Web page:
Rose::DB::Object::Metadata::Column::TimestampWithTimeZone

  'datetime year to fraction' => 
    Rose::DB::Object::Metadata::Column::DatetimeYearToFraction

  'datetime year to fraction(1)' =>
    Rose::DB::Object::Metadata::Column::DatetimeYearToFraction1

  'datetime year to fraction(2)' =>
    Rose::DB::Object::Metadata::Column::DatetimeYearToFraction2

  'datetime year to fraction(3)' =>
    Rose::DB::Object::Metadata::Column::DatetimeYearToFraction3

  'datetime year to fraction(4)' =>
    Rose::DB::Object::Metadata::Column::DatetimeYearToFraction4

  'datetime year to fraction(5)' =>
    Rose::DB::Object::Metadata::Column::DatetimeYearToFraction5

  'timestamp with time zone' =>
    Rose::DB::Object::Metadata::Column::Timestamp

  'timestamp without time zone' =>
    Rose::DB::Object::Metadata::Column::Timestamp

  'datetime year to second' =>
    Rose::DB::Object::Metadata::Column::DatetimeYearToSecond

  'datetime year to minute' =>
    Rose::DB::Object::Metadata::Column::DatetimeYearToMinute

  'datetime year to month' =>
    Rose::DB::Object::Metadata::Column::DatetimeYearToMonth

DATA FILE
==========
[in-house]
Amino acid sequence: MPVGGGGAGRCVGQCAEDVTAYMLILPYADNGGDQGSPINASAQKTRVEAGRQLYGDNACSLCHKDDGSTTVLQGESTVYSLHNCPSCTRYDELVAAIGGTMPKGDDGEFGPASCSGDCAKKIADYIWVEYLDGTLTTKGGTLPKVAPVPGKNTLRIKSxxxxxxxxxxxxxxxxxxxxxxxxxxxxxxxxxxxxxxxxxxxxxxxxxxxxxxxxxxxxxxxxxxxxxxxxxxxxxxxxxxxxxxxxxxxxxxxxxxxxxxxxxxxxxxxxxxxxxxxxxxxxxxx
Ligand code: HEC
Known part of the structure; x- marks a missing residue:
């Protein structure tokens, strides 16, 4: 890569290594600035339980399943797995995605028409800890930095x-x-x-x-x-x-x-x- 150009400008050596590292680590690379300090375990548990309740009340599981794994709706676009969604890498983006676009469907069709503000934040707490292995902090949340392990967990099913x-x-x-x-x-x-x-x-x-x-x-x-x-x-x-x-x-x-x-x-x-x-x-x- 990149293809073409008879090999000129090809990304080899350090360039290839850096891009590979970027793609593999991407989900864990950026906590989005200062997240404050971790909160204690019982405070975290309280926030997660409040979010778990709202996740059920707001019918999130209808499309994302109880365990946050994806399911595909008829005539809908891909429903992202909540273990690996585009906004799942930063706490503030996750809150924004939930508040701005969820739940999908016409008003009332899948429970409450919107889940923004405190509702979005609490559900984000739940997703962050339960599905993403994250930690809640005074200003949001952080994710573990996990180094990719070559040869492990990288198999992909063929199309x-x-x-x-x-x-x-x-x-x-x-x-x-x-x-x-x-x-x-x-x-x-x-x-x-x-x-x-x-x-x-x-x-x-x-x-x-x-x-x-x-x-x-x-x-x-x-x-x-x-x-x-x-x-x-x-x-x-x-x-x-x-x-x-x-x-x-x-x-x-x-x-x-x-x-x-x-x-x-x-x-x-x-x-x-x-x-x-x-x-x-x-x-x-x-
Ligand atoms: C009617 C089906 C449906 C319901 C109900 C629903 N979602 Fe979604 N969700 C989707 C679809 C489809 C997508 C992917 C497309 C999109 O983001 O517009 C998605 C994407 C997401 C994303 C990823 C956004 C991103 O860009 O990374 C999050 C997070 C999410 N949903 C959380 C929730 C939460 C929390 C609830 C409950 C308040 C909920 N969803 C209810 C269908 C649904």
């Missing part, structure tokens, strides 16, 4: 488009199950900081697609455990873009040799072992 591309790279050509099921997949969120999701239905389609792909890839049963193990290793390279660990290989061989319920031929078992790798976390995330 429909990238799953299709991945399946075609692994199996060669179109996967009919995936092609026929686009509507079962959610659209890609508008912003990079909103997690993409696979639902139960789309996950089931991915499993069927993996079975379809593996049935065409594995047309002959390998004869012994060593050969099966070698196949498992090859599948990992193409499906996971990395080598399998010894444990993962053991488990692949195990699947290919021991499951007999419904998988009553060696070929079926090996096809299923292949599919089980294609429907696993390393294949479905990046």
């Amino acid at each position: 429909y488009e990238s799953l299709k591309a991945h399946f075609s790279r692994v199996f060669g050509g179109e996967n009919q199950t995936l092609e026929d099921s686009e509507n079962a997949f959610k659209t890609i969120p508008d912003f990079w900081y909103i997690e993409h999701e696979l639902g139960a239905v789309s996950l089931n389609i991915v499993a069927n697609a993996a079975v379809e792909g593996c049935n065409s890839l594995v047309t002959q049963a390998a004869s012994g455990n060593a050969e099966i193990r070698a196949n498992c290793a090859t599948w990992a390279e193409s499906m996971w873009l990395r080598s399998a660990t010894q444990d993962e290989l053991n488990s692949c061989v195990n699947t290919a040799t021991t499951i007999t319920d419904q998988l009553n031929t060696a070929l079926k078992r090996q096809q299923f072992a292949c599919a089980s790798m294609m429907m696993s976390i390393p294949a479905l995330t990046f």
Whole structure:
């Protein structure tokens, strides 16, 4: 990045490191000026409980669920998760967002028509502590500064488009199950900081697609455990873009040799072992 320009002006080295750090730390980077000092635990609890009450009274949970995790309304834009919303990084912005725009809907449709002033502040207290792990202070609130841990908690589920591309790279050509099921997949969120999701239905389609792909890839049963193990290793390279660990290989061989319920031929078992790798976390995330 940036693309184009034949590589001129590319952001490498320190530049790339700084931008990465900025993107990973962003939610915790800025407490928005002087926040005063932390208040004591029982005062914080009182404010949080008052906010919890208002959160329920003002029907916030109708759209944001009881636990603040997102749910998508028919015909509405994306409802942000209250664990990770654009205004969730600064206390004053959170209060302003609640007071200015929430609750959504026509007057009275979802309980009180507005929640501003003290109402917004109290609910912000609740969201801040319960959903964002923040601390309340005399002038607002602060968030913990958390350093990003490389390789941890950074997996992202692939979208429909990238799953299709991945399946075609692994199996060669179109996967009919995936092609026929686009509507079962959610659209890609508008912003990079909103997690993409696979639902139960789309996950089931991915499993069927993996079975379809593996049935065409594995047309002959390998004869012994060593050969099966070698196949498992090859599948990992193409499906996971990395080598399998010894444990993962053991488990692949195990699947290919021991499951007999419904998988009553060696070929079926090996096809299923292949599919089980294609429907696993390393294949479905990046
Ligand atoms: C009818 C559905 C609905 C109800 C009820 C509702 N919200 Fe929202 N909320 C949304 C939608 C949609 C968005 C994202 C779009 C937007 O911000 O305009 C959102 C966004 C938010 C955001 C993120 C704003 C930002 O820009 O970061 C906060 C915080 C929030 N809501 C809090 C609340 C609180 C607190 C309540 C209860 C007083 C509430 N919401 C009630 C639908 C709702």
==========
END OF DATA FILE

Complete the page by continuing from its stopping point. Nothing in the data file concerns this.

'epoch'       => Rose::DB::Object::Metadata::Column::Epoch
  'epoch hires' => Rose::DB::Object::Metadata::Column::Epoch::HiRes

  array     => Rose::DB::Object::Metadata::Column::Array
  set       => Rose::DB::Object::Metadata::Column::Set

  chkpass   => Rose::DB::Object::Metadata::Column::Pg::Chkpass
column_type_names

Returns the list (in list context) or reference to an array (in scalar context) of registered column type names.

convention_manager_class NAME [, CLASS]

Given the string NAME, return the name of the Rose::DB::Object::ConventionManager-derived class mapped to that name.

If a CLASS is passed, then NAME is mapped to CLASS.

convention_manager_classes [MAP]

Get or set the hash that maps names to Rose::DB::Object::ConventionManager-derived class names.

This hash is class data. If you want to modify it, I suggest making your own subclass of Rose::DB::Object::Metadata and then setting that as the meta_class of your Rose::DB::Object subclass.

If passed MAP (a list of name/class pairs or a reference to a hash of the same) then MAP replaces the current mapping. Returns a list of name/class pairs (in list context) or a reference to the hash of name/class mappings (in scalar context).

The default mapping of names to classes is:

  default => Rose::DB::Object::ConventionManager
  null    => Rose::DB::Object::ConventionManager::Null
dbi_prepare_cached [BOOL]

Get or set a boolean value that indicates whether or not the Rose::DB::Object-derived class will use DBI's prepare_cached method by default (instead of the prepare method) when loading, saving, and deleting objects. The default value is true.

default_column_undef_overrides_default [BOOL]

Get or set the default value of the column_undef_overrides_default attribute. Defaults to undef.

default_manager_base_class [CLASS]